Innovation Turbulence

Snap is pivoting away from drones to focus on fundamentals

The Pixy drone was supposed to be Snap's next hardware frontier, but that's all over now.
Users controlling the Snap Pixy drone using gestures in a company photo. 
Users controlling the Snap Pixy drone using gestures in a company photo. 
Photo: Snap Inc.
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Snap’s ambitious launch into the drone market is done, just four months after it took flight. In April, CEO Evan Spiegel used the stage at the annual Snap Partner Summit to debut the device, which was created to let users easily take aerial selfie photos and videos, even with no previous drone experience.

As an event unveiling, a flying camera that can follow its user via gesture controls was impressive. And the device gave the public another example of how good Snap is getting at creating ready-for-the-mainstream hardware that can be easily integrated into Snapchat. But beyond that, a drone, as Quartz noted at the time, didn’t seem like a particularly urgent or necessary part of Snap’s future.

It seems Snap has come to the same conclusion, likely chastened by its poor stock performance. Snap shares have fallen from $28 to $12 since the Pixy was released.

The decision to shutter the Pixy was first reported by the Wall Street Journal, which says Spiegel made the announcement at a recent companywide meeting.

Why the Pixy drone didn’t make sense despite its flashy introduction

The social media influencers that Snapchat caters to use drones all the time to record cinematic shots of their daily activities and travels. But for all their science fictional allure, drones haven’t really captured the imagination of the average consumer in the US. Of the registered drones in the US, the Federal Aviation Administration (FAA) says there are only a little over 500,000 non-commercial drones in use.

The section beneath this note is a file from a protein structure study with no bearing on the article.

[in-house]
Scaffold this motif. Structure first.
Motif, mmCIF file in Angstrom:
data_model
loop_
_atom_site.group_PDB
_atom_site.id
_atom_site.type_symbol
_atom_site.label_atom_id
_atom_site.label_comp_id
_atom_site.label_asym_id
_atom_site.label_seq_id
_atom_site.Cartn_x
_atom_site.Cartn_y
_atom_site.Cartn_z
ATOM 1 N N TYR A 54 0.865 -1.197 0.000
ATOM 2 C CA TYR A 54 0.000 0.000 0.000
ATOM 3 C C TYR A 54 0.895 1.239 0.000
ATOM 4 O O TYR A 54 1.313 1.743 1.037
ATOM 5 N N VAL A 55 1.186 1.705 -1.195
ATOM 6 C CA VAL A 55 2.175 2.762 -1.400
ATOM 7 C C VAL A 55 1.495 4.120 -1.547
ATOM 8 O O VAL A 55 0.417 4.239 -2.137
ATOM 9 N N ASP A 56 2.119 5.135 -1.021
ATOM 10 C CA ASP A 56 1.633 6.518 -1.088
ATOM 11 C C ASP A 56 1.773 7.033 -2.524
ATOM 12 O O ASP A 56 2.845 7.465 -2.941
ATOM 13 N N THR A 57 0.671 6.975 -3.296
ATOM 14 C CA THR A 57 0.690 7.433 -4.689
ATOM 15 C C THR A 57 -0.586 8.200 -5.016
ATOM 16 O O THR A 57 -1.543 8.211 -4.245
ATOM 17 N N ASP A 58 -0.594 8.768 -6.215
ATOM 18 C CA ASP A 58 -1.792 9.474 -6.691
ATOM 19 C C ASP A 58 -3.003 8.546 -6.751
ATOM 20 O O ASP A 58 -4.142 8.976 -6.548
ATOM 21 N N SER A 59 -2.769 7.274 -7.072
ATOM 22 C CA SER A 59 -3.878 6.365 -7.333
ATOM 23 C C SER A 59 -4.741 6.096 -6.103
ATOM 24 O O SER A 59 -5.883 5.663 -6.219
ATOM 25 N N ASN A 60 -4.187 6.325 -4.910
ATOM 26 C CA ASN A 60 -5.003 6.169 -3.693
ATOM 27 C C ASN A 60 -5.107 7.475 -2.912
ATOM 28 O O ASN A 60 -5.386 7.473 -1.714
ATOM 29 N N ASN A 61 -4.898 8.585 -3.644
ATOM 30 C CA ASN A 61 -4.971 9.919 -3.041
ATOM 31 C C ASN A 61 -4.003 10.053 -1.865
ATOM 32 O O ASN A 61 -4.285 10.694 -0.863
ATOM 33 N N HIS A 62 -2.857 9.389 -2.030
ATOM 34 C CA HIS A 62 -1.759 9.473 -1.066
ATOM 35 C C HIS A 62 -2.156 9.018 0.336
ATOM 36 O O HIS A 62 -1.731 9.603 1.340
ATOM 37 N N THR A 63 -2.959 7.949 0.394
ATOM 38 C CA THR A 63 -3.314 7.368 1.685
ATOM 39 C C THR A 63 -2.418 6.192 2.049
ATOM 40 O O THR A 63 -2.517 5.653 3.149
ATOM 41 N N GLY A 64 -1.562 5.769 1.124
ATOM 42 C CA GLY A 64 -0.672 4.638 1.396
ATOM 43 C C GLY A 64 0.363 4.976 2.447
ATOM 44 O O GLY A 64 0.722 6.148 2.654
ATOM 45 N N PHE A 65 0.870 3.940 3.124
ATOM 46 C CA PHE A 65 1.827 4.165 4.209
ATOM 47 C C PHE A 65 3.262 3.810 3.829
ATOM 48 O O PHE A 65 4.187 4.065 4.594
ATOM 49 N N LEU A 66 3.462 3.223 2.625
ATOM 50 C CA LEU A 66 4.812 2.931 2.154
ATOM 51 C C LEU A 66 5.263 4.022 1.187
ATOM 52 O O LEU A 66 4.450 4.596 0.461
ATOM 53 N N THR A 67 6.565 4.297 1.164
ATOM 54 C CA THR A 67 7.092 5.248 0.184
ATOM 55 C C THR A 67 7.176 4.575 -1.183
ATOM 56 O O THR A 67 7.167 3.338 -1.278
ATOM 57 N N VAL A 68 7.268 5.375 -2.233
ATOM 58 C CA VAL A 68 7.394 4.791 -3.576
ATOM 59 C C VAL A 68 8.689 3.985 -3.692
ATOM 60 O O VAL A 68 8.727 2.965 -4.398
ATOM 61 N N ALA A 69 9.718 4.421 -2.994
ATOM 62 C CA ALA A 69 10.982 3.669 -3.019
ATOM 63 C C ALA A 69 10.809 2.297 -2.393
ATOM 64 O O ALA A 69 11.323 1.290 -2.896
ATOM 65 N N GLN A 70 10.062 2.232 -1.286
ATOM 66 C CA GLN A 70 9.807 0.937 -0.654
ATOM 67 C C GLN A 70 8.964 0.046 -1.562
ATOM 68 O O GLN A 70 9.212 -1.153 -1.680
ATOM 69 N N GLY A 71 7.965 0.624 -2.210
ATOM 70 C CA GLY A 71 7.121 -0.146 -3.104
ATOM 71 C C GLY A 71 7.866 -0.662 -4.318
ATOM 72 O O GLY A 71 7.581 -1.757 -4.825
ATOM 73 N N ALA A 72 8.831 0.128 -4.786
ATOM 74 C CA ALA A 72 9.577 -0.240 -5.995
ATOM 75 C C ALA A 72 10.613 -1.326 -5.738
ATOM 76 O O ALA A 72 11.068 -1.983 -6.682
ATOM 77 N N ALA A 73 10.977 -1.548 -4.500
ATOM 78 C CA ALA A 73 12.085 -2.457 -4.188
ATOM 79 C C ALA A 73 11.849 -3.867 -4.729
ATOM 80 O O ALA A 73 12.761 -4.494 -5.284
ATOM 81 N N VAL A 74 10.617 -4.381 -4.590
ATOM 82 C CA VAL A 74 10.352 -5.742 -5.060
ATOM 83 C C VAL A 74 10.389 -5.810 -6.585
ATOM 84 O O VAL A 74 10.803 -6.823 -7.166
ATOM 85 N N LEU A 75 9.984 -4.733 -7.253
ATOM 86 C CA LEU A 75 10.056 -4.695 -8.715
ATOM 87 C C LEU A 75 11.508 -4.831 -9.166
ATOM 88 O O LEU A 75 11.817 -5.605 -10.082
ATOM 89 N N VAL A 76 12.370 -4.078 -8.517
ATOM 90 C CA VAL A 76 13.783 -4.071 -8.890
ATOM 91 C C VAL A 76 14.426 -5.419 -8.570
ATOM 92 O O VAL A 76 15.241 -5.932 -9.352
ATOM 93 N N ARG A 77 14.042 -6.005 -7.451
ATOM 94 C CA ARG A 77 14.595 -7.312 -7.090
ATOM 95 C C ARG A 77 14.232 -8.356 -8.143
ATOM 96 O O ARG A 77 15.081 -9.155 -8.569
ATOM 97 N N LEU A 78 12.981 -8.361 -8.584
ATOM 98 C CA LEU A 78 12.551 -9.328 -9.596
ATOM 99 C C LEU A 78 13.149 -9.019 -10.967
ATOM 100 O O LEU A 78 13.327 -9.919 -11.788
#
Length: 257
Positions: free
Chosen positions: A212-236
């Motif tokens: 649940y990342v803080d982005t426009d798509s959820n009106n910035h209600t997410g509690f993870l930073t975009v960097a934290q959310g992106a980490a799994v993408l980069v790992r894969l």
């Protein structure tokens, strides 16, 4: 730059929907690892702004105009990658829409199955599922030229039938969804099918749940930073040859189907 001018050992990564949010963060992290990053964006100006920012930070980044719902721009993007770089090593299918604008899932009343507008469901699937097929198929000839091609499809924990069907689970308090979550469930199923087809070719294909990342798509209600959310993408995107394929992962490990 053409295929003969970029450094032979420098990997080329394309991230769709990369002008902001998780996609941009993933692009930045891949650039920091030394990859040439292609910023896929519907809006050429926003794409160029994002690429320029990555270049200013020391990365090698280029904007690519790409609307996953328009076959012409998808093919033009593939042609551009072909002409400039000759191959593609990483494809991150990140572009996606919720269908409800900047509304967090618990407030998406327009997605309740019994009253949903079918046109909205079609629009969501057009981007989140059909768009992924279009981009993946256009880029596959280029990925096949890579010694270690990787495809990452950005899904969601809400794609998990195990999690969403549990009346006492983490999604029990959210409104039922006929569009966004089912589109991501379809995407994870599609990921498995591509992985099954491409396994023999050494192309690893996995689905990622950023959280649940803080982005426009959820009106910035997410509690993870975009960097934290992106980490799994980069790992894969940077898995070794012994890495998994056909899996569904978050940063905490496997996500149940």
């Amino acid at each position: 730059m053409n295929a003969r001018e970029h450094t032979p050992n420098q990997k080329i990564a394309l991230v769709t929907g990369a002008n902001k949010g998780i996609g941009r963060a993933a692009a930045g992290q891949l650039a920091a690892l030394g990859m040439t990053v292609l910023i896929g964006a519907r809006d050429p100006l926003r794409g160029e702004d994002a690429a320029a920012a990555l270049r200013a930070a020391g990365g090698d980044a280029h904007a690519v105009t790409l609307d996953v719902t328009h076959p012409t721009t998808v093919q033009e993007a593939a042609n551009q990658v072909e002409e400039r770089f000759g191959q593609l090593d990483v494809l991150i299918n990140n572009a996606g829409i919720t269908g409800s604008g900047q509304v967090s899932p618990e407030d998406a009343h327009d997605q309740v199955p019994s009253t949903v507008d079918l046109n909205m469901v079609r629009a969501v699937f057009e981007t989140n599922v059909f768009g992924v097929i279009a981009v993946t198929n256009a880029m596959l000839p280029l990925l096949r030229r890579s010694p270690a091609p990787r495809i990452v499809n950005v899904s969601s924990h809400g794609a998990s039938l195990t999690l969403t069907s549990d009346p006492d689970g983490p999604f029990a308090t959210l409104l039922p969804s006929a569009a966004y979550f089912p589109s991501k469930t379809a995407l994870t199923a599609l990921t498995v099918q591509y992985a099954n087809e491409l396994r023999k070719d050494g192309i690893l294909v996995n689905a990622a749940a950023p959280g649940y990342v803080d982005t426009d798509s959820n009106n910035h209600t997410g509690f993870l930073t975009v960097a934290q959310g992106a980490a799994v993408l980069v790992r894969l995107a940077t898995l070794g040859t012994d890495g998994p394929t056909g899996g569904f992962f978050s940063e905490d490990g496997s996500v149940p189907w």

How to Pair your Pixy

While the Pixy didn’t require a drone license because it was below the FAA’s weight requirements on such devices, its ease of use and connection to a popular social network didn’t generate much excitement online when the product was made available for purchase.

The question now is whether this pullback from hardware experimentation also will extend to the company’s latest Spectacles augmented reality product. Spectacles are a dazzling peek at the future of smart glasses, but they have yet to be offered as a commercial product, and the company’s less powerful, camera-based Spectacles 3 haven’t exactly taken off as a mainstream consumer product.

What this means for Snap’s immediate future

Despite the hardware misstep, the near future looks good for Snap. Its Snap+ subscription service has already pulled in over 1 million users, its Snap Originals project continues to mature into a competitive streaming video alternative, and its daily active users are on the rise, up from an average 332 million in the first quarter of 2022 to 347 million (pdf) in the second.

Snap declined to comment when contacted by Quartz regarding the future of support for the Pixy product. Those still interested in buying the $230 device can still purchase it as of this writing.

Nevertheless, as the entire app ecosystem has felt the advertising pinch of Apple’s new privacy policies, Snap appears to be responding by focusing on its fundamentals: Snapchat and its other software innovations. That leaves possibly expensive experiments like Pixy, that could take time to develop into a profit-generating product, on the sidelines for now.